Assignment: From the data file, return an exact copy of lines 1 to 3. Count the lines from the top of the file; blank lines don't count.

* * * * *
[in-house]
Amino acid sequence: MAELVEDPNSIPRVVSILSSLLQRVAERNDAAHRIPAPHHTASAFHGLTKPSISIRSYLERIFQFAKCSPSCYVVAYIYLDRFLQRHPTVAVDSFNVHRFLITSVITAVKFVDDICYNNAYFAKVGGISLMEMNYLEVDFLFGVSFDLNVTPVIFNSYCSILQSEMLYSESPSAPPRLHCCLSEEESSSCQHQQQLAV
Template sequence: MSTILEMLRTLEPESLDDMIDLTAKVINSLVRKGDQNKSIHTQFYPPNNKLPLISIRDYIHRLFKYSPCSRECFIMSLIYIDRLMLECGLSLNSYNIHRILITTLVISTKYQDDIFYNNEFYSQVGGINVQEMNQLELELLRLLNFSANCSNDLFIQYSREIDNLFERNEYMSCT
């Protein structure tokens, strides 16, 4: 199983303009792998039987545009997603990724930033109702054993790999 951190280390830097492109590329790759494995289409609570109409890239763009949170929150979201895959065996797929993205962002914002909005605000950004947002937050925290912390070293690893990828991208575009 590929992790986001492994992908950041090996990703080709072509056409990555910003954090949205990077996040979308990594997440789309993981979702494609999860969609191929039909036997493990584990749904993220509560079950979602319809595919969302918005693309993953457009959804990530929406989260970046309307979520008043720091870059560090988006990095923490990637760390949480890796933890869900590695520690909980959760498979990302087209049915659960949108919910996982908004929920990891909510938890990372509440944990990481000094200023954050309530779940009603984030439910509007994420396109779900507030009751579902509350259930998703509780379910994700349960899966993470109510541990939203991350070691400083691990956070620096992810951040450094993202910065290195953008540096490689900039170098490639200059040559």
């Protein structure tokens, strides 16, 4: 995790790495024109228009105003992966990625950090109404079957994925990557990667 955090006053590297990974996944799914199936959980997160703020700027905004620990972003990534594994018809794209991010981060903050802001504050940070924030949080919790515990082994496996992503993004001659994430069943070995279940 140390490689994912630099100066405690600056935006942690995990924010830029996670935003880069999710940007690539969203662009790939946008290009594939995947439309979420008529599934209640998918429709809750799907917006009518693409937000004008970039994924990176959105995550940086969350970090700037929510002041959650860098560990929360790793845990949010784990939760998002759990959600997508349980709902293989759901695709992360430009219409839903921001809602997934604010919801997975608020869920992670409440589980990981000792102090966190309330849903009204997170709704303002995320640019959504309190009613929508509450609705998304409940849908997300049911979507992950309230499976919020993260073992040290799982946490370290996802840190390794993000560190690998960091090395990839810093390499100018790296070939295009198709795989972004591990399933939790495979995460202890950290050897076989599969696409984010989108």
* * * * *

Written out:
[in-house]
Amino acid sequence: MAELVEDPNSIPRVVSILSSLLQRVAERNDAAHRIPAPHHTASAFHGLTKPSISIRSYLERIFQFAKCSPSCYVVAYIYLDRFLQRHPTVAVDSFNVHRFLITSVITAVKFVDDICYNNAYFAKVGGISLMEMNYLEVDFLFGVSFDLNVTPVIFNSYCSILQSEMLYSESPSAPPRLHCCLSEEESSSCQHQQQLAV
Template sequence: MSTILEMLRTLEPESLDDMIDLTAKVINSLVRKGDQNKSIHTQFYPPNNKLPLISIRDYIHRLFKYSPCSRECFIMSLIYIDRLMLECGLSLNSYNIHRILITTLVISTKYQDDIFYNNEFYSQVGGINVQEMNQLELELLRLLNFSANCSNDLFIQYSREIDNLFERNEYMSCT